How Long Is the San Juan River From Start to End?

Written by Telea Dodge
Published: November 26, 2023
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Today, we’ll be looking to the southwestern United States and learning about a river that flows through many states in the region. This river, the San Juan River, is an important waterway for the region – and for the fish that live in it. This incredible river is said to contain around 15,000 fish per mile, which calls anglers from around the world to its banks. Today, we’ll learn about the length and course of the river as it flows toward its mouth. How long is the San Juan River? We’re about to find out.

How Long Is the San Juan River

Gooseneck State Park along the San Juan River

The San Juan is the muddiest river in the United States.

©Jochen Hoog, CC BY-SA 3.0, via Wikimedia Commons – License

From start to end, the San Juan River spans approximately 383 miles. This is one of the main tributaries of the Colorado River, and it flows south and east from its headwaters to its mouth. It is one of the most significant drainage basins for the Four Corners Region – a region that is situated at the meeting points of New Mexico, Utah, Colorado, and Arizona. The river flows through three of these states on its course.

The headwaters of the river rest in the San Juan Mountains in southwestern Colorado. They begin at the confluence of the east and west forks of the river at elevations above 10,000 feet. This point is in Archuleta County, Colorado in the eastern portion of the San Juan Mountains.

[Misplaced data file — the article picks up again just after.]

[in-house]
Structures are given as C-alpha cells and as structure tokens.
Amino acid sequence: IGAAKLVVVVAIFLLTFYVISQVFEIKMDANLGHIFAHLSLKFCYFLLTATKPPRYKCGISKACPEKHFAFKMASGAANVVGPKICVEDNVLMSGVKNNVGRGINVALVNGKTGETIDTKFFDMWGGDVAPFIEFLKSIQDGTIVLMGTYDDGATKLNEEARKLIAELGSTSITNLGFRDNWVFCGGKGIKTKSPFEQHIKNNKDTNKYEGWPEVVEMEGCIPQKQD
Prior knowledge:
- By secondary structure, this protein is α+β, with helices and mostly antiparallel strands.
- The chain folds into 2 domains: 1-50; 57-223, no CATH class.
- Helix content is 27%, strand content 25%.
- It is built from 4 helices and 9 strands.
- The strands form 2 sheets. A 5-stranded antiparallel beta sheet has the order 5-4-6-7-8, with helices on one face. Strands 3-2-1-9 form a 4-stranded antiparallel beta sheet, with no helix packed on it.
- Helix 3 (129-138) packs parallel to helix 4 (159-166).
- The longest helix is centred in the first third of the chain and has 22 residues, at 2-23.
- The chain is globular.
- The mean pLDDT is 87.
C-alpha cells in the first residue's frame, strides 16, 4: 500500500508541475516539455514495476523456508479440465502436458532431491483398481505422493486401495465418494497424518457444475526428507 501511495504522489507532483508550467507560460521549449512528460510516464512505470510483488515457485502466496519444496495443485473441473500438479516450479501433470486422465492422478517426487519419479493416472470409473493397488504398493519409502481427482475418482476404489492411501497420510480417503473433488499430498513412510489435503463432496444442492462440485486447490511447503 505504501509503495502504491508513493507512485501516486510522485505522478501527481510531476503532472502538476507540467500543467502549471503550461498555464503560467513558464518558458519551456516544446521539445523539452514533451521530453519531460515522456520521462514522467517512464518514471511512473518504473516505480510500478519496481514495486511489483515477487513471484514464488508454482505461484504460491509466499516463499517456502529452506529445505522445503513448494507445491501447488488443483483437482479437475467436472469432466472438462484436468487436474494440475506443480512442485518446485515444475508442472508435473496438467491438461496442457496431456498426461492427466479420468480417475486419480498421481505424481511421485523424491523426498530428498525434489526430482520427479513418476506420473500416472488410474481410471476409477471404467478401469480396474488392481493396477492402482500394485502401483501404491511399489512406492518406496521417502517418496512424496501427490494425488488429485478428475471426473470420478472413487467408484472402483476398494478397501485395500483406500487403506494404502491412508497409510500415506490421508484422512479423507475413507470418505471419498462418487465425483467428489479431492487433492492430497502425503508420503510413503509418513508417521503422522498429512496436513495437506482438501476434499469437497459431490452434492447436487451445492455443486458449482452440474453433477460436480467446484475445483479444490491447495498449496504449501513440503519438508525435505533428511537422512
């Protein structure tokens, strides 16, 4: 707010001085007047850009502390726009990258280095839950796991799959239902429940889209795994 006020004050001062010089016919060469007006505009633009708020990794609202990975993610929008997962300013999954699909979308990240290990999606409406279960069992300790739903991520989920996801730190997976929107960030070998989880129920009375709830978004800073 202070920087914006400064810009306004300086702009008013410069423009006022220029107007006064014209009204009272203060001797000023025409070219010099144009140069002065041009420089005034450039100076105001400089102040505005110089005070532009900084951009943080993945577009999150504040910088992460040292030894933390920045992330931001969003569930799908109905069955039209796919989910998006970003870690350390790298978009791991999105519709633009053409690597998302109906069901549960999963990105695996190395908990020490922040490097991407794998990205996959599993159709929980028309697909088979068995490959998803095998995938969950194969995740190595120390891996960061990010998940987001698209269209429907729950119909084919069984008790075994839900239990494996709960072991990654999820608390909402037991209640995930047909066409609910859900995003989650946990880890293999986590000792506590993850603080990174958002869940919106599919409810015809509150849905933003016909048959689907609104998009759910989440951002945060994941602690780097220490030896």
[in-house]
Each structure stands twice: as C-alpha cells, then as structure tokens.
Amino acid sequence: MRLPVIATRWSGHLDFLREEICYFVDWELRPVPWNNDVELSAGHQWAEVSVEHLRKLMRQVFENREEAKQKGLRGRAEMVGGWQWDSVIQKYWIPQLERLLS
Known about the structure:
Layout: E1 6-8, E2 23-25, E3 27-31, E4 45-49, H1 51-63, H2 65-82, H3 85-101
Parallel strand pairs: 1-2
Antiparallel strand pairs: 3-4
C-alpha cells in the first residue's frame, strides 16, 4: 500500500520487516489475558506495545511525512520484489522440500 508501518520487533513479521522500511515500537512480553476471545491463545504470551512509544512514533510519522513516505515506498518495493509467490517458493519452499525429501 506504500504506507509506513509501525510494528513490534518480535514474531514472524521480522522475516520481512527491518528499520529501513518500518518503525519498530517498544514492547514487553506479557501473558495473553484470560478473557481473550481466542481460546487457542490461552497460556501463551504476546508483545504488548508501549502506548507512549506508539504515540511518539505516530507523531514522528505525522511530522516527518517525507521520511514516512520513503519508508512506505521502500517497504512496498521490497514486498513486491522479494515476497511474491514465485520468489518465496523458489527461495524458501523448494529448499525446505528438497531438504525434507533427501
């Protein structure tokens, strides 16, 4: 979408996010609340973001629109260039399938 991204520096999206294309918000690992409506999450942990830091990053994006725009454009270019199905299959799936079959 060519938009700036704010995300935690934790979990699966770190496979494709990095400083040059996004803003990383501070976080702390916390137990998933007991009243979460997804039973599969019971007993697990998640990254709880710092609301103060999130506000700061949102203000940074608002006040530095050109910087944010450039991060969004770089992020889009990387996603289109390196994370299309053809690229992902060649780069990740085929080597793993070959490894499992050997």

Course of the San Juan River

San Juan River and Farmington, New Mexico

The Animas River joins with the San Juan River in Farmington, New Mexico.

©MonaMakela/ via Getty Images

From its headwaters, the San Juan River flows southwest. It winds through the foothills of the Rocky Mountains and makes its way to the Navajo Lake Reservoir. This is just north of the New Mexico border and is created by the Navajo Dam. The river then flows west through the high desert of the Colorado Plateau. It is joined by its main tributary – the Animas River – in Farmington, New Mexico. It continues westward through the Navajo Nation in New Mexico before flowing briefly back into Colorado. Then, it enters Utah in the southeastern portion of the state. The river stays in Utah for the rest of its course. It flows through Bluff, Utah, and past the town of Mexican Hat before it drains into Lake Powell. This is how it joins the Colorado River and ends its own course.

The San Juan River Compared to Other Regional Rivers

Four Corners

The Four Corners Monument is a homage to the region, which is enriched by the San Juan watershed and drainage basin.


There are a couple of other important rivers that flow through the Four Corners region. One of them, the Mancos River, is a tributary of the San Juan River. It is an 85.4-mile-long river that begins near Mancos, Colorado. It makes its way down to its confluence with the San Juan near the Four Corners Monument in New Mexico.

Another significant river in the area is a tributary of the Colorado River. The Dolores River begins its 241-mile journey in the San Juan National Forest. It then flows through Colorado and into Utah to meet the Colorado River in Grand County, Utah.

The photo featured at the top of this post is © Nick Fox/

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About the Author

Telea Dodge is an animal enthusiast and nature fiend with a particular interest in teaching a sense of community and compassion through interactions with the world at large. Carrying a passion for wild foraging, animal behaviorism, traveling, and music, Telea spends their free time practicing their hobbies while exploring with their companion dog, Spectre.

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